“While I still see San Francisco as an incubator for new chefs to gain experience, I definitely tell my students about the difficulty of starting a restaurant here. It’s crazy hard.”

– Vince Paratore

Labor costs are high too. San Francisco’s 2019 minimum wage hike to $15.59 per hour is considerably higher than most cities across the state, which average $12 per hour, according to the nonprofit Economic Policy Institute. Such a high minimum wage particularly hurts struggling restaurant owners with already thin margins.

“A restaurant in San Francisco can get employees — the trouble is hanging on to them. Labor cost and housing cost is driving them away and really stressing the industry,” Paratore says.

Inflation, international tariffs and other market fluctuations have significantly increased food costs in San Francisco. In addition, customers have come to expect artisanal, organic and higher quality ingredients when dining out.

Head Chef Ophelia Lopez multitasks during a busy Saturday night. She has worked at Villa d’Este for over 40 years.
San Francisco, California. October 26, 2019. (Matthew Cardoza/Etc. Magazine)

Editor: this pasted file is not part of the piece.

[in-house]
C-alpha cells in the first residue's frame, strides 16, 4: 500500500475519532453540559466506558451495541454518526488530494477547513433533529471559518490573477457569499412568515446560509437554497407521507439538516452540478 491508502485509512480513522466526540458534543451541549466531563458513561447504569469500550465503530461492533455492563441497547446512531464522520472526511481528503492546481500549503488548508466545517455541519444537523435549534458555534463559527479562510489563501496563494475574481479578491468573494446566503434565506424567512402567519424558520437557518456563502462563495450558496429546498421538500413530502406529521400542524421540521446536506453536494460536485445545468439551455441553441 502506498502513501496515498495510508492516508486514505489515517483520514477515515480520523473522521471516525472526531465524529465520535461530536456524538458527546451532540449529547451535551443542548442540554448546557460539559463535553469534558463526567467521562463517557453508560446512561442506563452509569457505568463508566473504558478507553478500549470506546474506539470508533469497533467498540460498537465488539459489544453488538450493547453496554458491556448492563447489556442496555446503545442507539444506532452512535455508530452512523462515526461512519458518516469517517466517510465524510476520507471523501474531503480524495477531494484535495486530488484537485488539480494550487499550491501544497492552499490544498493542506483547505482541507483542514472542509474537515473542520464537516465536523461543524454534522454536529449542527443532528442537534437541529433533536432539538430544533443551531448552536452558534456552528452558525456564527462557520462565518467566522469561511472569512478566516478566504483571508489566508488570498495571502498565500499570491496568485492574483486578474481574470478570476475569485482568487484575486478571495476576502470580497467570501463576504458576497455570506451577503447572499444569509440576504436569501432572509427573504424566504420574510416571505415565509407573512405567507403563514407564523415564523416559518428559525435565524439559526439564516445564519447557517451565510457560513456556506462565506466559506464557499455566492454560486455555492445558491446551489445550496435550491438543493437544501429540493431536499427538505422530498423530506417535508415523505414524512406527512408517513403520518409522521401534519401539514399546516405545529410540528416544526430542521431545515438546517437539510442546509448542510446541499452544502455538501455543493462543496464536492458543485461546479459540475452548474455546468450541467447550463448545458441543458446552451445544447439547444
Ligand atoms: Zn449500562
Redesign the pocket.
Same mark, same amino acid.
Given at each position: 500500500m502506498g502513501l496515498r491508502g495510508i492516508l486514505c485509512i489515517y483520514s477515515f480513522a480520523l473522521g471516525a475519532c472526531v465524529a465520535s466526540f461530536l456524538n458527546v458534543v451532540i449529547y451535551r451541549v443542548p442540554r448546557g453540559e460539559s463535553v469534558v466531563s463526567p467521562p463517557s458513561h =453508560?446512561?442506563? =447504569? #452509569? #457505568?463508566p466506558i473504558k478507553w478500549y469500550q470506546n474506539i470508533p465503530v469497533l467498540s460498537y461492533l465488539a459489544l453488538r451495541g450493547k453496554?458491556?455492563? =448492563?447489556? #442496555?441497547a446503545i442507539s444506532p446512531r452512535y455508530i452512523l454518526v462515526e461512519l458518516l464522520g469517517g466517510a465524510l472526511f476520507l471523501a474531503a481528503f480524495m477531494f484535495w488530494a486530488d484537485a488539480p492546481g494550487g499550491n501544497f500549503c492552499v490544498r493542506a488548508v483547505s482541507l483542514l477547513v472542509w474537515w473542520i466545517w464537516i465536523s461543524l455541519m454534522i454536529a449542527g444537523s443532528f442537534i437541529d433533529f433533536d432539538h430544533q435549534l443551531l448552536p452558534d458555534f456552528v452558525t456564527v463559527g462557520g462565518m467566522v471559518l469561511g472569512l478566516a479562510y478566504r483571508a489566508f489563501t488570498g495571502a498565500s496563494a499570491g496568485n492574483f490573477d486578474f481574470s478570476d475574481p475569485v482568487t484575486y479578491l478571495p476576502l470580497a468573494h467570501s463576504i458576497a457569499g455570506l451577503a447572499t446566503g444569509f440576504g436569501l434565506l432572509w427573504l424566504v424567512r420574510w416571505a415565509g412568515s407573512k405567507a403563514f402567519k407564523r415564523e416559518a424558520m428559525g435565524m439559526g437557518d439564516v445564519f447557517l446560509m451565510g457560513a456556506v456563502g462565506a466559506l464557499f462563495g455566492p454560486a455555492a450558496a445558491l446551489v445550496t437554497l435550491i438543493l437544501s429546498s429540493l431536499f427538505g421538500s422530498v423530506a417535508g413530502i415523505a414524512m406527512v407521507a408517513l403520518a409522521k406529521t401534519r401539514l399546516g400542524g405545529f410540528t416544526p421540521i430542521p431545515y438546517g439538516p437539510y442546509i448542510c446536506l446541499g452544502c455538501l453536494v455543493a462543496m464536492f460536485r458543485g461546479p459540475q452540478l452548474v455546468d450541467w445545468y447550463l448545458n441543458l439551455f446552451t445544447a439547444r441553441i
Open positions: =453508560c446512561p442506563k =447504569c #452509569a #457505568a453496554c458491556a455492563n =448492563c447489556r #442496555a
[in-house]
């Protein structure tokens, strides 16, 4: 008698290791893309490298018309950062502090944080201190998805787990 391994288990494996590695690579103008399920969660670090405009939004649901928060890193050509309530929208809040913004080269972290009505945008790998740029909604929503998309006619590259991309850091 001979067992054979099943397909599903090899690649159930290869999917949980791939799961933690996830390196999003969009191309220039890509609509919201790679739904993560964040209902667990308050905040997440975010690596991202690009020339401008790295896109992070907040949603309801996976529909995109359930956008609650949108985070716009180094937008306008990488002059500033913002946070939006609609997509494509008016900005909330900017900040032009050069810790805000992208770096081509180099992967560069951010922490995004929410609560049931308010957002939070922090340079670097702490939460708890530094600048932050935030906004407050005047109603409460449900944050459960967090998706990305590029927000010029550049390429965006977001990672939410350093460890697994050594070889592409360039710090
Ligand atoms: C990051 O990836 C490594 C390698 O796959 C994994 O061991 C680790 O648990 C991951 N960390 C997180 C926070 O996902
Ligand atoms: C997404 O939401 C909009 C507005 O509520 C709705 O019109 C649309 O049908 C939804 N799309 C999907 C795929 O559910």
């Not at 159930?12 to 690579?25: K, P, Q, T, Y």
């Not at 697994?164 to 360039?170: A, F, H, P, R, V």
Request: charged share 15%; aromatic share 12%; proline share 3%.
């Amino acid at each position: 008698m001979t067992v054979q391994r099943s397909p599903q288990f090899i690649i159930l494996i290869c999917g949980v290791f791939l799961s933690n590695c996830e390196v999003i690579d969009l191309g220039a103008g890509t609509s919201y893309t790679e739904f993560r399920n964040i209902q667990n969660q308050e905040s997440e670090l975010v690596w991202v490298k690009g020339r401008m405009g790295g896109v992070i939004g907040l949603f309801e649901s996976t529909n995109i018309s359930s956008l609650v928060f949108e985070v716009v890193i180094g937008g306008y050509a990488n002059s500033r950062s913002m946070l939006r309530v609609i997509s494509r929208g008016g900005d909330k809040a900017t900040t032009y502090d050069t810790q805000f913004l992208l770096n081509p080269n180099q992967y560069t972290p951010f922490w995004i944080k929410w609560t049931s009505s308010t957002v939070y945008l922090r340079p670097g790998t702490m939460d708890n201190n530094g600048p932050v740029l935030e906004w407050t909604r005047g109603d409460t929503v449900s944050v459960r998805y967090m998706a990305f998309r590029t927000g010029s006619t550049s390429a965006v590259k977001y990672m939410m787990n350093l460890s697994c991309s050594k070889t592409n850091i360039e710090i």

A recent decrease in immigrant and domestic agriculture laborers has forced farm-owners to harvest crops that are less labor intensive. Farmers are implementing more automation to their production, a California Farm Bureau Federation survey says. The price for labor-intensive crops, like avocados, has risen significantly.

The owners of Excelsior Coffee, the Sabados, keep food costs down by offering a consistent, select menu made with affordable ingredients. “We are definitely strategic,” Lea Sabado says, referring to many items on the menu priced under $5.

San Francisco’s high minimum wage particularly hurts struggling restaurant owners with already thin margins.

At Souvla, on Valencia Street, wafts of rotisserie chicken float out onto the street enticing potential customers. Souvla offers Greek food in a sleek, modern setting with free Wi-Fi. The local chain boasts four locations and a corporate office in San Francisco.